The train was a football special

audiolaik

Senior Member
Polish
Hello,

While reading the book Among the Thugs, I cames across the following sentence:

"The train was a football special, and it had been taken over by supprosters."

I have been wondering how often the word special tends to function as a noun. (At least, it seems to be the case in the example.)

I have done some look-ups, and it turned out that the noun special is used in reference to a television programme made for a particular reason or occasion and which is not part of a series, a meal that is available in a restaurant on a particular day which is not usually available and a product that is being sold at a reduced price for a short period. SOURCE

Thank you!
 
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  • Au101

    Senior Member
    England, English (UK)
    Yes, special is used reasonably commonly as a noun, it's certainly quite correct to use it as such, and it means "something which has been designed/made/produced/which is occuring, etc. for a special occasion/on a particular day, etc." In your example, the train was run specially for the football match. This is a special occasion, warranting a special train, i.e. the football special.
     

    audiolaik

    Senior Member
    Polish
    Yes, special is used reasonably commonly as a noun, it's certainly quite correct to use it as such, and it means "something which has been designed/made/produced/which is occuring, etc. for a special occasion/on a particular day, etc." In your example, the train was run specially for the football match. This is a special occasion, warranting a special train, i.e. the football special.
    I get the point, Au101, but, still, I have some doubts as to how to use special as a noun. Is there any significant difference between such sentences...?

    a) The train is a special.
    b) The train is special.
     

    bibliolept

    Senior Member
    AE, Español
    All the uses you cited are common.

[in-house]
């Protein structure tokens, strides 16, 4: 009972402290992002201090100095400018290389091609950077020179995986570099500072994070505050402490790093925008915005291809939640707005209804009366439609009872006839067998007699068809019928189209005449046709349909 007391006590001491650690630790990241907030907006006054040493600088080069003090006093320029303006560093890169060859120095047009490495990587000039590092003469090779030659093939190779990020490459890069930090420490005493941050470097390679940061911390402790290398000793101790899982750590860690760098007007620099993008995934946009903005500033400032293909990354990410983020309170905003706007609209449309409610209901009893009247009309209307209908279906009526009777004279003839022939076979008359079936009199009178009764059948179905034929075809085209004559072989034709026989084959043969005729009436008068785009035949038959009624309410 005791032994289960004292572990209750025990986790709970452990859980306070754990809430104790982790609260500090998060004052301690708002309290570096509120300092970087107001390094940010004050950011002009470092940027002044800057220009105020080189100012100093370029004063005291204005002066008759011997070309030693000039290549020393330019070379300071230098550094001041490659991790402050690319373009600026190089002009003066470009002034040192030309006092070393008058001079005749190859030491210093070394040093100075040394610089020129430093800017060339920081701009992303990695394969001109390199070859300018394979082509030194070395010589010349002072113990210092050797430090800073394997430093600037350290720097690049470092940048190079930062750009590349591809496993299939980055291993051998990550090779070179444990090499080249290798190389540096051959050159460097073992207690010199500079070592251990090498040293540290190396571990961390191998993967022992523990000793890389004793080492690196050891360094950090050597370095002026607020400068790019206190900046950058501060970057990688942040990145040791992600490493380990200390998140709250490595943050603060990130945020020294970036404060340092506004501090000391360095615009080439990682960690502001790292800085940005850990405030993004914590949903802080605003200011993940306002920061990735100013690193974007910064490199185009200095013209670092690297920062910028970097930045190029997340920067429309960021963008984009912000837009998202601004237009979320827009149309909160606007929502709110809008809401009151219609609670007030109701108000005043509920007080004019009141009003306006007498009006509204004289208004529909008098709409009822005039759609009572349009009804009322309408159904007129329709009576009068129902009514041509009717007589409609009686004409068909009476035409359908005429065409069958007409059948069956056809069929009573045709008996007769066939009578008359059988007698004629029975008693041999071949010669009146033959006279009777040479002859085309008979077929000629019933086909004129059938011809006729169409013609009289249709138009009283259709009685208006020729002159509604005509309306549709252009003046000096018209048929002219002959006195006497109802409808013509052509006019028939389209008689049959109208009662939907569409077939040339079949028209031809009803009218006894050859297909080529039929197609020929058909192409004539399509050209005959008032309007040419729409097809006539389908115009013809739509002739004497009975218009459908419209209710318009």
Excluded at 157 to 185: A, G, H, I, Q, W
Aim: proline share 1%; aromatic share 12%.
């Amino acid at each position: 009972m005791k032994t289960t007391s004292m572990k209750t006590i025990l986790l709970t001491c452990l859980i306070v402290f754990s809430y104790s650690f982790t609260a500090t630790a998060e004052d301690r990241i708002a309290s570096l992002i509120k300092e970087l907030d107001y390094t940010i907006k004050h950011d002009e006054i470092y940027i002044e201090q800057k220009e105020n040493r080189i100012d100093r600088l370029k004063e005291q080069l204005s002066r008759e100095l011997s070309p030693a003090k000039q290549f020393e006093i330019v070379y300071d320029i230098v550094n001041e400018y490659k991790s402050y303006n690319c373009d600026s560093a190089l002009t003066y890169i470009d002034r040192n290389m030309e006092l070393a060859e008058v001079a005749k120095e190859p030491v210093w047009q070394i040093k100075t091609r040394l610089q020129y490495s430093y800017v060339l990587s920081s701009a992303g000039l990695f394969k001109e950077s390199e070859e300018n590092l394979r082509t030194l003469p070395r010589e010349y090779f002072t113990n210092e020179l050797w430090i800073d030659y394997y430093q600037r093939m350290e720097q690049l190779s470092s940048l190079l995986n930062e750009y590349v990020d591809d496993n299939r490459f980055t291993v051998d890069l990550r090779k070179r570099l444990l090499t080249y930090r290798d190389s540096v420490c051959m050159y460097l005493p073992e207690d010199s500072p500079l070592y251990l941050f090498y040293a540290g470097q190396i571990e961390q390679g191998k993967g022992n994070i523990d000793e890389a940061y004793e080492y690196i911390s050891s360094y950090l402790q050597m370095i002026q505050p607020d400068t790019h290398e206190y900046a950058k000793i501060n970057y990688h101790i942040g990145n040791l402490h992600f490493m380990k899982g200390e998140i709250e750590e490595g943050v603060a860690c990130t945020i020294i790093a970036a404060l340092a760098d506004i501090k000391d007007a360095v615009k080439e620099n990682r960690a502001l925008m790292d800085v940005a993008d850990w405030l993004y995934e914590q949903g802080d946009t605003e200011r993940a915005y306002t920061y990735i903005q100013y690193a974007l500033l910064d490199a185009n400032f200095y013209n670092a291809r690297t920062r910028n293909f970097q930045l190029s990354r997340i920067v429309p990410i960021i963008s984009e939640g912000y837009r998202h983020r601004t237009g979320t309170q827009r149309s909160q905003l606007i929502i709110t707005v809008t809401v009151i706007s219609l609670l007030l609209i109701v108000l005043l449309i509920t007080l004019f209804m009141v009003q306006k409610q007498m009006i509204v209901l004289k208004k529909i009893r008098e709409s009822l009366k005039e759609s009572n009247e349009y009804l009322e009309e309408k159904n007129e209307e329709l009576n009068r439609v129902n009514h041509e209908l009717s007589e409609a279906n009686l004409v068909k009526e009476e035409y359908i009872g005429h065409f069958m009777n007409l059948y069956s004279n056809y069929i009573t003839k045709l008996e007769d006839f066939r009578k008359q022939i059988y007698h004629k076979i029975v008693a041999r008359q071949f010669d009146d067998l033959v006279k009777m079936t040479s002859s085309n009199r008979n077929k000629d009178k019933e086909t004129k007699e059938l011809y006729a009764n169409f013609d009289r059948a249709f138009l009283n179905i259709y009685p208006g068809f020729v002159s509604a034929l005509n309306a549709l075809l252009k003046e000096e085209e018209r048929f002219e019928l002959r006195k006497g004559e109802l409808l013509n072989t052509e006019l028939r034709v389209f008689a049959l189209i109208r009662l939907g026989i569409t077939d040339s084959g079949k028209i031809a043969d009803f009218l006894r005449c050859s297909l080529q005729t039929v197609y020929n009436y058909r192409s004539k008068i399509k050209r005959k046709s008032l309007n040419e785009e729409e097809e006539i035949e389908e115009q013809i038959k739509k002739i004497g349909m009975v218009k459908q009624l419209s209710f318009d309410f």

"Special" is the name of the train, as it were, specifying the route. This happens with other words like "Express" or "Non-stop."

    The removal of the article "a" definitely changes the meaning, as one assumes that "special" is an adjective when the article is omitted.
     

    audiolaik

    Senior Member
    Polish
    All the uses you cited are common.

    "Special" is the name of the train, as it were, specifying the route. This happens with other words like "Express" or "Non-stop."

    The removal of the article "a" definitely changes the meaning, as one assumes that "special" is an adjective when the article is omitted.
    But the question is whether or not the meaning of the sentences is the same.
     

    Matching Mole

    Senior Member
    England, English
    The are not the same in regular usage:
    "This train is a special" (noun). This train has been put on for a special purpose (usually meaning not on the regular timetable), e.g. for a big football match. "Train" here really means "service", rather than the engine and carriages themselves, which are usually ordinary (in British railway speak, trains are often referred to as "services" in on-train announcements: "This service calls at Bletchley, Milton Keynes Central, Wolverton and Northampton"). They have been put to a special purpose.

    "This train is special" (adjective). This train is out of the ordinary, referring to its design or construction. Referring to the actual conveyance itself, rather than the service it provides.
     
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    audiolaik

    Senior Member
    Polish
    The are not the same in regular usage:
    "This train is a special" (noun). This train has been put on for a special purpose (usually meaning not on the regular timetable), e.g. for a big football match. "Train" here really means "service", rather than the engine and carriages themselves, which are usually ordinary (in British railway speak, trains are often referred to as "services" in on-train announcements: "This service calls at Bletchley, Milton Keynes Central, Wolverton and Northampton"). They have been put to a special purpose.

    "This train is special" (adjective). This train is out of the ordinary, referring to its design or construction. Referring to the actual conveyance itself, rather than the service it provides.
    Thank you, MM, for your clear explanation!:D
     
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